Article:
After examining how JSF 2’s support for Facelets in detail, we’ll walk through the process of upgrading a JSF 1.x application to JSF 2.0, pointing out areas that may benefit from new features.
by Ted Goddard
Mobile applications for iPhone and Android can be effectively developed with JSF 2.0 and ICEfaces. Join this session to learn how to use Ajax Push to build a collaborative mobile application with ICEfaces 2.0.
by Kito D. Mann
It's no secret that languages other than Java are gaining popularity on the Java Virtual Machine. We often hear about how new languages like Groovy, Ruby, or Scala can speed up development and reduce boilerplate code. What isn't always clear is how to apply these languages to JavaServer Faces applications.
This session looks at different techniques for using other languages with JSF. We'll look at built-in Groovy support in Mojarra, using Groovy as a DSL for JSF views with Gracelets, JRuby integration with Spring, and examine writing JSF applications with Scala.
by Jay Balunas
This sessions will get into the weeds of some of RichFaces newest and most advanced components. We'll demonstrate how to get the most out of RichFaces client-side validation, and our new push architecture with Atmosphere, including what really makes them tick. There will be plenty of tips and tricks, not to mention code. So bring your laptops and you can follow along with online source.
by Ales Justin
Google App Engine (GAE) is among the most popular cloud application platforms today, offering decent service at a low price point or even no cost at all. Unfortunately, however, its Java environment is also a fairly restrictive. For instance, you can't write files, make arbitrary network connections, or spawn threads.
This talk presents a number of tips and tricks on how to use top JavaEE specs--CDI, JPA, JSF2, and BeanValidation, for instance--within GAE's restrictive sandbox while still benefitting from the highly scalable environment it provides and maintaining portability to other JavaEE containers. We will demonstrate how CDI can be used to abstract from GAE's services and how state-of-the-art testing frameworks such as ShrinkWrap and Arquillian can be made to work with such an application.
Key takeaway is that JavaEE on GAE is not only possible, but also good engineering practice.
JSF 2.0 provides a powerful infrastructure to build RIA applications in a rapid way. Combined with PrimeFaces Component Suite, JSF 2.0 unleashes it's true power. This talk covers various topics such as PrimeFaces core, skinning, PrimeFaces Mobile, Prime Ajax Push, a Mac OS X desktop web clone, satnav enabled applications and more.
This presentation is a case study on the compatibility strength of merging the Scala programming language with CDI (JSR 299: Contexts and Dependency Injection for the Java EE platform). CDI is a Dependency Injection framework that is inspired by the Seam, Spring, and Guice frameworks. It integrates with technologies like JavaServer Faces (JSF) 2.0, Enterprise Java Beans (EJB) 3.1, the Java Persistence API (JPA) 2.0 and JAX-RS (Java API for RESTful Web Services) 1.1 and does so in a type-safe manner. Scala and other functional programming languages depend heavily on type safety. It is because of CDI’s type safety that this presentation will be valuable.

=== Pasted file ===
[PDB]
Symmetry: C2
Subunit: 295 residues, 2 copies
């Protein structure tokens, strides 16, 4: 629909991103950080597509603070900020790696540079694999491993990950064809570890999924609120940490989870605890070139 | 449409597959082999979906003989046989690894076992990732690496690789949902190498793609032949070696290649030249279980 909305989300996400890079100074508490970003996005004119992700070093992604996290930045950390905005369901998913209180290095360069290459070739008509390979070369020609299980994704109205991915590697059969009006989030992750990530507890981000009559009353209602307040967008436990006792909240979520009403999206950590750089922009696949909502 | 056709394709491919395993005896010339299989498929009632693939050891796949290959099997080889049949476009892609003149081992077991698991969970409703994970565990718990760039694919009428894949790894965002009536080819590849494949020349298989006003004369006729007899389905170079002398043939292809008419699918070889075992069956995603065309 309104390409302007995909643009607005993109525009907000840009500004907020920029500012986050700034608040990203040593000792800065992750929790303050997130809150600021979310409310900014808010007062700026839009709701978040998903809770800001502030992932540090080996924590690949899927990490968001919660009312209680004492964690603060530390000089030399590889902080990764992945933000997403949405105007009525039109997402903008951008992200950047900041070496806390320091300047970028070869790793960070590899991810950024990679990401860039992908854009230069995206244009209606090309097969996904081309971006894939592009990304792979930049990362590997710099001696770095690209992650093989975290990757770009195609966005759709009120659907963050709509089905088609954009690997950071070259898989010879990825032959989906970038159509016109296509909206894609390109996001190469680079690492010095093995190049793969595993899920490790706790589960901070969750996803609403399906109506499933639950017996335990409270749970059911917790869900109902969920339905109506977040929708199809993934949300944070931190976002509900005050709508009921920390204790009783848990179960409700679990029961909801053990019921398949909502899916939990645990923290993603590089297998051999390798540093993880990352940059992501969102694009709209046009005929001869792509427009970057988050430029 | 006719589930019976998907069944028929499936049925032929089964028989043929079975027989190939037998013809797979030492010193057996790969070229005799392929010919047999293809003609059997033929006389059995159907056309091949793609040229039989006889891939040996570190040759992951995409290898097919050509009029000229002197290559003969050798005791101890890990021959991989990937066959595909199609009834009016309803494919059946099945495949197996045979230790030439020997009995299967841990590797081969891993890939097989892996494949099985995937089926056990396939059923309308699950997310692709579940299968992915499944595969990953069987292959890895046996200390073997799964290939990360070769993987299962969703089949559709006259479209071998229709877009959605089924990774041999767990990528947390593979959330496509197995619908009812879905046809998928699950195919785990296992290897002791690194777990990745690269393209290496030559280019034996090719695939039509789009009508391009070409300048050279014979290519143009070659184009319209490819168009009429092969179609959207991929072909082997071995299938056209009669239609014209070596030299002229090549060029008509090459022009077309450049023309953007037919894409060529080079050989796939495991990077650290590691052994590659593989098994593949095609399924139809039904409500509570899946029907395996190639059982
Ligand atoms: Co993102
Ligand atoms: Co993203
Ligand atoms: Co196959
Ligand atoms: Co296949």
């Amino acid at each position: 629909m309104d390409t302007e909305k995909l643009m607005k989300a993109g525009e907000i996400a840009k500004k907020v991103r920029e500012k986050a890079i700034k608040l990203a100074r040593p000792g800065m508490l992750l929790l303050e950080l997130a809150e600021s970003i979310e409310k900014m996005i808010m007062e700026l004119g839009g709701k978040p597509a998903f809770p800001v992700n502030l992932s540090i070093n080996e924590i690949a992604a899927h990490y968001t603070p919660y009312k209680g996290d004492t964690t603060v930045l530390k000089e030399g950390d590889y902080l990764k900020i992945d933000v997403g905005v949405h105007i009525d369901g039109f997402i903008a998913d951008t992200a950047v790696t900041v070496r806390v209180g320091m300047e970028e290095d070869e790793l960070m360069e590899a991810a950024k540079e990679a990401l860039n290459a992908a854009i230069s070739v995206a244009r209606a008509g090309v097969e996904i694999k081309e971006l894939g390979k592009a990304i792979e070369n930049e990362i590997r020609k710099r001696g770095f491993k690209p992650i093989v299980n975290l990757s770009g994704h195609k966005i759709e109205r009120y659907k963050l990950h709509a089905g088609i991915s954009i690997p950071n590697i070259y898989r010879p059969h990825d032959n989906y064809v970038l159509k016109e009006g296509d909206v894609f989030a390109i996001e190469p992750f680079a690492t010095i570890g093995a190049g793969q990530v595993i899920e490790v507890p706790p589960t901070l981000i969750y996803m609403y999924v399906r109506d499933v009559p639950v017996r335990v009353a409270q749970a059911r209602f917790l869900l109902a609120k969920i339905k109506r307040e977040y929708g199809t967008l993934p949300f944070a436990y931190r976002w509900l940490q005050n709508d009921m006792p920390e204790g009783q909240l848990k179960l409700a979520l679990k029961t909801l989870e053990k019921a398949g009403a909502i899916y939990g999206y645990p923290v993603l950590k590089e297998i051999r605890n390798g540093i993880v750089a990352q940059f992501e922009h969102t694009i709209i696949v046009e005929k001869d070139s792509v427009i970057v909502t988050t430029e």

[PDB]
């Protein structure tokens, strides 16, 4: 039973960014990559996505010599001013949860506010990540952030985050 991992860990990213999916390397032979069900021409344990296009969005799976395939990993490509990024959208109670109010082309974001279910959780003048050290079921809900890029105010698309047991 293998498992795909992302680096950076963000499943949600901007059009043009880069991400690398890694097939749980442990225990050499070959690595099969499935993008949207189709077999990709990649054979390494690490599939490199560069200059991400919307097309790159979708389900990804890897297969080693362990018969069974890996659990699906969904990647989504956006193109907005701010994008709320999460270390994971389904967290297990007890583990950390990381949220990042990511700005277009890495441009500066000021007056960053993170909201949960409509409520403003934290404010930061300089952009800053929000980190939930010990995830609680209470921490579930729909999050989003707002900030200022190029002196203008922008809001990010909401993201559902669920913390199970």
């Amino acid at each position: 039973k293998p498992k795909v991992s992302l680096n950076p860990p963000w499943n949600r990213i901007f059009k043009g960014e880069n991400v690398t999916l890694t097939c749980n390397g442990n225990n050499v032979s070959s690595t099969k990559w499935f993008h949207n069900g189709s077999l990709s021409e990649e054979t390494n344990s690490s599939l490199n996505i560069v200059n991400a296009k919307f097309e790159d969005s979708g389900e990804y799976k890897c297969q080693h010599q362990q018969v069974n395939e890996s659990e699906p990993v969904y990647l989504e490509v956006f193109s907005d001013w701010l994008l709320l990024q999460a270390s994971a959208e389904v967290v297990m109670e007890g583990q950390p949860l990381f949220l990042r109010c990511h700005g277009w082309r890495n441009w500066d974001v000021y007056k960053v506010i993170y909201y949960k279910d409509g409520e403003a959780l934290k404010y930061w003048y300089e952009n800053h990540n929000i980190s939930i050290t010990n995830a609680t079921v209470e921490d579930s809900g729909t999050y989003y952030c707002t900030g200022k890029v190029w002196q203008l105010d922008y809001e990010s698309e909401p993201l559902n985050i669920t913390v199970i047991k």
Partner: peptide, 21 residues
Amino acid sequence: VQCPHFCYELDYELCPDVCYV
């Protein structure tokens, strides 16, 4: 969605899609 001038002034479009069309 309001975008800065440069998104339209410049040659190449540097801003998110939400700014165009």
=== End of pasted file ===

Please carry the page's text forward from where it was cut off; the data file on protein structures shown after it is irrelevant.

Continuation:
CDI is the glue of the Java EE 6 Platform, bringing each of the independent EE technologies together into a cohesive whole. However, the integration falls short in JSF, arguably where it's needed the most. Seam Faces further integrates JSF and CDI and leverages frameworks such as PrettyFaces to make JSF a full-featured web application framework and the JSF developer's life easier.
While Trinidad and ADF provide an extensive set of components, they also offer a range of APIs and services that simplify both component and application development. This session will review the best ideas from Trinidad and ADF, highlighting more general JSF development problems and solutions that are of interest regardless of your choice of framework.
With the onset of JSF 2, it's time for a fresh look at what Java development tools make up the ideal web stack. In this session you'll learn what is important from a Spring developer's point of view: What can I do with Spring and JSF 2? What is the status of the Spring Web Flow integration for JSF? What JSF 2 features are supported and what value does Spring Web Flow provide in a JSF 2 world?
by Neil Griffin
This presentation will show developers how they can deploy JSF 2 portlets within Liferay Portal via the PortletFaces Bridge. It will explore the benefits that ICEfaces 2.0 brings to portlets, including automatic Ajax and ICEpush for rich Inter-Portlet Communication (IPC). Additionally, developers will learn how to use JSF UI components from AlloyFaces and LiferayFaces within their JSF 2 portlets.
20th–23rd June 2011